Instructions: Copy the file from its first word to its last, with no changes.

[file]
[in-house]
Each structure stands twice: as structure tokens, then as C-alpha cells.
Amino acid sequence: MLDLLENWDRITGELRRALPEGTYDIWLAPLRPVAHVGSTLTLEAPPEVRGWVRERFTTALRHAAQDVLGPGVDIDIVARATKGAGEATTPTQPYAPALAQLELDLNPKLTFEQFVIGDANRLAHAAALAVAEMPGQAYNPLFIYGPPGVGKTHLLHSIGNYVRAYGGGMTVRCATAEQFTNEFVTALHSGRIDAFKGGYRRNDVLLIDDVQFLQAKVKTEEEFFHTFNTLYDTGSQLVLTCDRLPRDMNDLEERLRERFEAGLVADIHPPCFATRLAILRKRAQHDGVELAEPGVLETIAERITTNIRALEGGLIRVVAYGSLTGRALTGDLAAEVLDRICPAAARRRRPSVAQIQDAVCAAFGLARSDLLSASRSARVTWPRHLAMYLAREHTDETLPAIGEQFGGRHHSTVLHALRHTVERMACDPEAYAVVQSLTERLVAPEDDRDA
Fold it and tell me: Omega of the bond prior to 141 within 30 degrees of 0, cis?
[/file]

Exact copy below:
[in-house]
Each structure stands twice: as structure tokens, then as C-alpha cells.
Amino acid sequence: MLDLLENWDRITGELRRALPEGTYDIWLAPLRPVAHVGSTLTLEAPPEVRGWVRERFTTALRHAAQDVLGPGVDIDIVARATKGAGEATTPTQPYAPALAQLELDLNPKLTFEQFVIGDANRLAHAAALAVAEMPGQAYNPLFIYGPPGVGKTHLLHSIGNYVRAYGGGMTVRCATAEQFTNEFVTALHSGRIDAFKGGYRRNDVLLIDDVQFLQAKVKTEEEFFHTFNTLYDTGSQLVLTCDRLPRDMNDLEERLRERFEAGLVADIHPPCFATRLAILRKRAQHDGVELAEPGVLETIAERITTNIRALEGGLIRVVAYGSLTGRALTGDLAAEVLDRICPAAARRRRPSVAQIQDAVCAAFGLARSDLLSASRSARVTWPRHLAMYLAREHTDETLPAIGEQFGGRHHSTVLHALRHTVERMACDPEAYAVVQSLTERLVAPEDDRDA
Fold it and tell me: Omega of the bond prior to 141 within 30 degrees of 0, cis?